Almost at the end of our trip, it’s sad saying goodbye to many members of the community we have been working with in Ahuachapán. From the masons building such an incredible home with us to the women of the local co-op, it has been a pleasure to experience the values and work ethic that these people exhibit.

This morning, as many of the women we taught had to go to San Salvador for a meeting for their co-op, we had the remaining students work on an activity to create their own product with random materials that we brought from the states. The Habitat group was busy creating braided bracelets and simple key chains. I looked over to see what our pupils had thought of. Never had I seen such creativity as one woman was finishing a flowered ring out of key hooks and fabric while another was sewing a purse and creating a buttoned bracelet. It was incredible. As I looked down at my simple braided bracelet, I just thought- where is our ETA at Babson sometimes? I smiled and laughed a little to Christina next to me, as we reminded ourselves that we just need to think outside of the box, and I was left thinking of the possibilities that I could do with some string and buttons.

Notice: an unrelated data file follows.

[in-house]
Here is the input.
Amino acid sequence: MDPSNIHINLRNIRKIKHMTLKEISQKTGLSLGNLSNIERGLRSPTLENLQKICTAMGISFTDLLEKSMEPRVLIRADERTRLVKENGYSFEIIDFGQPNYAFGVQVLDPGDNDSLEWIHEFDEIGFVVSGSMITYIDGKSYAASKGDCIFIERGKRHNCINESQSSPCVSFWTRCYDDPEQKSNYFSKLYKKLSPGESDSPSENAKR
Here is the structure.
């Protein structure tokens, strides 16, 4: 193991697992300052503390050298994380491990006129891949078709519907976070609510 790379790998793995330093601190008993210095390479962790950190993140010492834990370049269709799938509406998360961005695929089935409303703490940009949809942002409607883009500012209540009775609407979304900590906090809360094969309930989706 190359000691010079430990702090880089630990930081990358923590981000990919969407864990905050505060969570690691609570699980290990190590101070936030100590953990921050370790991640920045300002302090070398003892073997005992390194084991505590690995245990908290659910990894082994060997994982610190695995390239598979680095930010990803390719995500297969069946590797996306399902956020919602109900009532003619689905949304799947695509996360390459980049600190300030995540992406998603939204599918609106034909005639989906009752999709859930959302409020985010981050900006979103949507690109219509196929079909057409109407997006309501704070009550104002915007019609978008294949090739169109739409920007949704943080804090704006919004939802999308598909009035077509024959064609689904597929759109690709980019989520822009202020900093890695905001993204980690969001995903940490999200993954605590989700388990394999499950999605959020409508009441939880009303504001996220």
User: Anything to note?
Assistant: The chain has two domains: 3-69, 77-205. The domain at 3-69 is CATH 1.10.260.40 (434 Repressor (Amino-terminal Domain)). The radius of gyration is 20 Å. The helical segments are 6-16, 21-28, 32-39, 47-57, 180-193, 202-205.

Meanwhile, our friend Oswaldo, who also helped us translate on the work site, had joined our teaching session and simply tied a white ribbon around his arm. As the women of the co-op explained their intricate bracelets and ideas and we were wowed and awed by their complexity, Oswaldo stood up. He described that sometimes people don’t need complex and motioned to what the women had just presented. Sometimes, the consumer just wants a simple white bracelet. I looked down at my simple braid as well. Yes, it may not have been the extensive ideas of the women of the co-op, but Oswaldo was right- I wanted something simple and that’s exactly what I made.

The women of the co-op exhibited the correct ETA that we, as Babson students, constantly strive for. Given simple materials, they made jewelry, headbands, and bracelets that many would have never been able to create with a few buttons and some string. As a student, I am expected to do the same wherever I go within my career outside and in at Babson. But, I believe Oswaldo taught a great lesson as well today- sometimes we don’t need a complex idea and sometimes the answer is right in front of us. Yes, we need to constantly think of creative ideas to push forward throughout life, but it is important to remember that sometimes we cannot overthink ideas. As daunting as the world entrepreneurship may seem, it can be as simple as a plain white fabric bracelet.

 

Sarah Christie

Class of 2015